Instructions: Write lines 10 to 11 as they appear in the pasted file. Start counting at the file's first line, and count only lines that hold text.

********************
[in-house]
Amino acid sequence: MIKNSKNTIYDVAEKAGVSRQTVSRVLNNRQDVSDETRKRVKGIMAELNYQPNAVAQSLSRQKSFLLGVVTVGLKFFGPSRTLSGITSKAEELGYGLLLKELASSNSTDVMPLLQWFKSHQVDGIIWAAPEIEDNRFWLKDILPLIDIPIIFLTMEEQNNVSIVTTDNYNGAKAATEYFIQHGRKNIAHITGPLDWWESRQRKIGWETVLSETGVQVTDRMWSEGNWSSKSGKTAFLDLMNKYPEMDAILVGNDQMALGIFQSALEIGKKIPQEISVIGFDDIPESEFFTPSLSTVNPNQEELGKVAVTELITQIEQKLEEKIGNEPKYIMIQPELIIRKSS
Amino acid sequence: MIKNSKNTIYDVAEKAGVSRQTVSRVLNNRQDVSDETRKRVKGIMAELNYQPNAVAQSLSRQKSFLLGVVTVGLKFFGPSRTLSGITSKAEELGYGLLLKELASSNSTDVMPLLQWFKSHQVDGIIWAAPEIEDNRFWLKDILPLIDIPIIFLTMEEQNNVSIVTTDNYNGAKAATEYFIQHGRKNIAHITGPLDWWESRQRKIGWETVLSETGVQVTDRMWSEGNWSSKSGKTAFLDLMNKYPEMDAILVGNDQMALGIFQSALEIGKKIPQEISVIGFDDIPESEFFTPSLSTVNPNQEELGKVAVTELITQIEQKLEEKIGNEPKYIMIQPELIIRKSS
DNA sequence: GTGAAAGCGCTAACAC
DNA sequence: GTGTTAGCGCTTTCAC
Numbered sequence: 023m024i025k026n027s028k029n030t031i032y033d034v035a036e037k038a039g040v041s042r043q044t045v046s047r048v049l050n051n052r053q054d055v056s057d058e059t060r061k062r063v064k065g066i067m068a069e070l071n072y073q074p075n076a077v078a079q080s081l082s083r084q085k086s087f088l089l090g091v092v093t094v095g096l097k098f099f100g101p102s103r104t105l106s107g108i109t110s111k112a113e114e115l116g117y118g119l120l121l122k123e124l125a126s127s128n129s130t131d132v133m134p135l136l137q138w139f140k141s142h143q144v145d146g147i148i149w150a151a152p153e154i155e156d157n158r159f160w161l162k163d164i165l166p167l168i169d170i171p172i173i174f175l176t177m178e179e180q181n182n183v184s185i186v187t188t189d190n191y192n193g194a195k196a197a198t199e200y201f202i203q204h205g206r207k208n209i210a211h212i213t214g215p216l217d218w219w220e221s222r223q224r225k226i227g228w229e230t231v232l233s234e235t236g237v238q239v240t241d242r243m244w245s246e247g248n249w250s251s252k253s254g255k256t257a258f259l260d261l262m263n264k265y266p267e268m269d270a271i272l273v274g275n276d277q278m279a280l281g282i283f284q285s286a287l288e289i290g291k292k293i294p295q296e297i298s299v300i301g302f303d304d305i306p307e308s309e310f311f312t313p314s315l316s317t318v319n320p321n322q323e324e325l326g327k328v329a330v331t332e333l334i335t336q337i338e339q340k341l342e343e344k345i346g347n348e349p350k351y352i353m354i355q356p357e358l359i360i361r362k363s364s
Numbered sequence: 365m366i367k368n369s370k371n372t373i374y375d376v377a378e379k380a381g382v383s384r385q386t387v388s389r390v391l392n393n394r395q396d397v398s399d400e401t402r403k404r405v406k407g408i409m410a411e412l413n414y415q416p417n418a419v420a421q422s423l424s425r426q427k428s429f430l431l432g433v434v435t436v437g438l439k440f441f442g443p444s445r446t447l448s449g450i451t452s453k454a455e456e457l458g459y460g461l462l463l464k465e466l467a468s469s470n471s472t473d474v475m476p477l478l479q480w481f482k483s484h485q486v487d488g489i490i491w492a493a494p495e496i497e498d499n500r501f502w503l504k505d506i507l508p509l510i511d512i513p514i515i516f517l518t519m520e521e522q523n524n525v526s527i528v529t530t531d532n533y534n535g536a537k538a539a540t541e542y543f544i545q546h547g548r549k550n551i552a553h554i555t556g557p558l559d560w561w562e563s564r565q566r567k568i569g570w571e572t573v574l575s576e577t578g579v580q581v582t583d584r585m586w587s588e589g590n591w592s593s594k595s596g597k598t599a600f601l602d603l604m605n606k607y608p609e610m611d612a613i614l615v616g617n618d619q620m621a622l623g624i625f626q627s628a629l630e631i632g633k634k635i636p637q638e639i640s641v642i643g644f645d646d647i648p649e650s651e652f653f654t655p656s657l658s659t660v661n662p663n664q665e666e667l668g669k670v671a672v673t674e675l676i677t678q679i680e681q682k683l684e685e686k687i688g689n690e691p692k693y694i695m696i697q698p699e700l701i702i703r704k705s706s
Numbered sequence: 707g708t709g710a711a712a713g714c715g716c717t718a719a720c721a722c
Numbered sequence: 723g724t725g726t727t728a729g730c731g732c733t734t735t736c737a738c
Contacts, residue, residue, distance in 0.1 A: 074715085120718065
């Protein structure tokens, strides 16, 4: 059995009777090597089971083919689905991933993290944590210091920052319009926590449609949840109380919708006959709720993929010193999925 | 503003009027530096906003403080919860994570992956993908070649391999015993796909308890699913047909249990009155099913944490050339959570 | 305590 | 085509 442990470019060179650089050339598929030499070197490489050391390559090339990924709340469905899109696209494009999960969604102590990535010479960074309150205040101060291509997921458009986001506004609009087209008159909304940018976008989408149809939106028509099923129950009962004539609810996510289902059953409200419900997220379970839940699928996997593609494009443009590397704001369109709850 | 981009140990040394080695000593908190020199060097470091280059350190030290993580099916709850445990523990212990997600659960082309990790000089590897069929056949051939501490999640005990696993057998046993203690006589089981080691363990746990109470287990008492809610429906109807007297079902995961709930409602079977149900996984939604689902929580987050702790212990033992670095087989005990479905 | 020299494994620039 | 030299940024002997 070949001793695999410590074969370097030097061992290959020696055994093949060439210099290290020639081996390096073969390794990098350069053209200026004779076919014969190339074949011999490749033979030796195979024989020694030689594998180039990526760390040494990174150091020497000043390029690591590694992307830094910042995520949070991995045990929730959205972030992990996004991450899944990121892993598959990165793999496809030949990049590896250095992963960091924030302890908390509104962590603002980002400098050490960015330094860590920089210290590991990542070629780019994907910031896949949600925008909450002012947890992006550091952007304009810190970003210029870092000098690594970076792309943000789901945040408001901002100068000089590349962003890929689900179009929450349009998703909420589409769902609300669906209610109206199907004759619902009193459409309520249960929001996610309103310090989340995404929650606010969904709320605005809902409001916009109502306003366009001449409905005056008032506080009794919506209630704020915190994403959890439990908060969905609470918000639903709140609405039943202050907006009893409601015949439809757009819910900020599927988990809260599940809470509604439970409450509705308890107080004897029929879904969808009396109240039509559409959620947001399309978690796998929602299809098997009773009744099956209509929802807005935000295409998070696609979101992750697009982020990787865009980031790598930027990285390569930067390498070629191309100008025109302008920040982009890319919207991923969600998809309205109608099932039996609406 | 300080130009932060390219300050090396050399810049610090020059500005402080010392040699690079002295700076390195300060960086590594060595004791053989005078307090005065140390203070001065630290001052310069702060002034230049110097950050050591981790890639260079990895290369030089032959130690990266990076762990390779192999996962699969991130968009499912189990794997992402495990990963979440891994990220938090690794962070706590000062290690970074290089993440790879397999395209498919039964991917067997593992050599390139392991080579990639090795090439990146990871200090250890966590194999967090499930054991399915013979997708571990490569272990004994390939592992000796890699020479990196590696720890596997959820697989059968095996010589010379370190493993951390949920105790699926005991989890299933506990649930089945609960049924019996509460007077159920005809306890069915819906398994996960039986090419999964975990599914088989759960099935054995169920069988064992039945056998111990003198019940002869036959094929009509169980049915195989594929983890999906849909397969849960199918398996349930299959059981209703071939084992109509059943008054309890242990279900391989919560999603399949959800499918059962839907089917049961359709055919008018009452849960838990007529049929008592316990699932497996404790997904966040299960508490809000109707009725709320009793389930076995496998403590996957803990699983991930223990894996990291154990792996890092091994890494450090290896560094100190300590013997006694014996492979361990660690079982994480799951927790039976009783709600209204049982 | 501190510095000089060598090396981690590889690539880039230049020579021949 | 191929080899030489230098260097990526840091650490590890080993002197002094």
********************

Contacts, residue, residue, distance in 0.1 A: 074715085120718065
């Protein structure tokens, strides 16, 4: 059995009777090597089971083919689905991933993290944590210091920052319009926590449609949840109380919708006959709720993929010193999925 | 503003009027530096906003403080919860994570992956993908070649391999015993796909308890699913047909249990009155099913944490050339959570 | 305590 | 085509 442990470019060179650089050339598929030499070197490489050391390559090339990924709340469905899109696209494009999960969604102590990535010479960074309150205040101060291509997921458009986001506004609009087209008159909304940018976008989408149809939106028509099923129950009962004539609810996510289902059953409200419900997220379970839940699928996997593609494009443009590397704001369109709850 | 981009140990040394080695000593908190020199060097470091280059350190030290993580099916709850445990523990212990997600659960082309990790000089590897069929056949051939501490999640005990696993057998046993203690006589089981080691363990746990109470287990008492809610429906109807007297079902995961709930409602079977149900996984939604689902929580987050702790212990033992670095087989005990479905 | 020299494994620039 | 030299940024002997 070949001793695999410590074969370097030097061992290959020696055994093949060439210099290290020639081996390096073969390794990098350069053209200026004779076919014969190339074949011999490749033979030796195979024989020694030689594998180039990526760390040494990174150091020497000043390029690591590694992307830094910042995520949070991995045990929730959205972030992990996004991450899944990121892993598959990165793999496809030949990049590896250095992963960091924030302890908390509104962590603002980002400098050490960015330094860590920089210290590991990542070629780019994907910031896949949600925008909450002012947890992006550091952007304009810190970003210029870092000098690594970076792309943000789901945040408001901002100068000089590349962003890929689900179009929450349009998703909420589409769902609300669906209610109206199907004759619902009193459409309520249960929001996610309103310090989340995404929650606010969904709320605005809902409001916009109502306003366009001449409905005056008032506080009794919506209630704020915190994403959890439990908060969905609470918000639903709140609405039943202050907006009893409601015949439809757009819910900020599927988990809260599940809470509604439970409450509705308890107080004897029929879904969808009396109240039509559409959620947001399309978690796998929602299809098997009773009744099956209509929802807005935000295409998070696609979101992750697009982020990787865009980031790598930027990285390569930067390498070629191309100008025109302008920040982009890319919207991923969600998809309205109608099932039996609406 | 300080130009932060390219300050090396050399810049610090020059500005402080010392040699690079002295700076390195300060960086590594060595004791053989005078307090005065140390203070001065630290001052310069702060002034230049110097950050050591981790890639260079990895290369030089032959130690990266990076762990390779192999996962699969991130968009499912189990794997992402495990990963979440891994990220938090690794962070706590000062290690970074290089993440790879397999395209498919039964991917067997593992050599390139392991080579990639090795090439990146990871200090250890966590194999967090499930054991399915013979997708571990490569272990004994390939592992000796890699020479990196590696720890596997959820697989059968095996010589010379370190493993951390949920105790699926005991989890299933506990649930089945609960049924019996509460007077159920005809306890069915819906398994996960039986090419999964975990599914088989759960099935054995169920069988064992039945056998111990003198019940002869036959094929009509169980049915195989594929983890999906849909397969849960199918398996349930299959059981209703071939084992109509059943008054309890242990279900391989919560999603399949959800499918059962839907089917049961359709055919008018009452849960838990007529049929008592316990699932497996404790997904966040299960508490809000109707009725709320009793389930076995496998403590996957803990699983991930223990894996990291154990792996890092091994890494450090290896560094100190300590013997006694014996492979361990660690079982994480799951927790039976009783709600209204049982 | 501190510095000089060598090396981690590889690539880039230049020579021949 | 191929080899030489230098260097990526840091650490590890080993002197002094």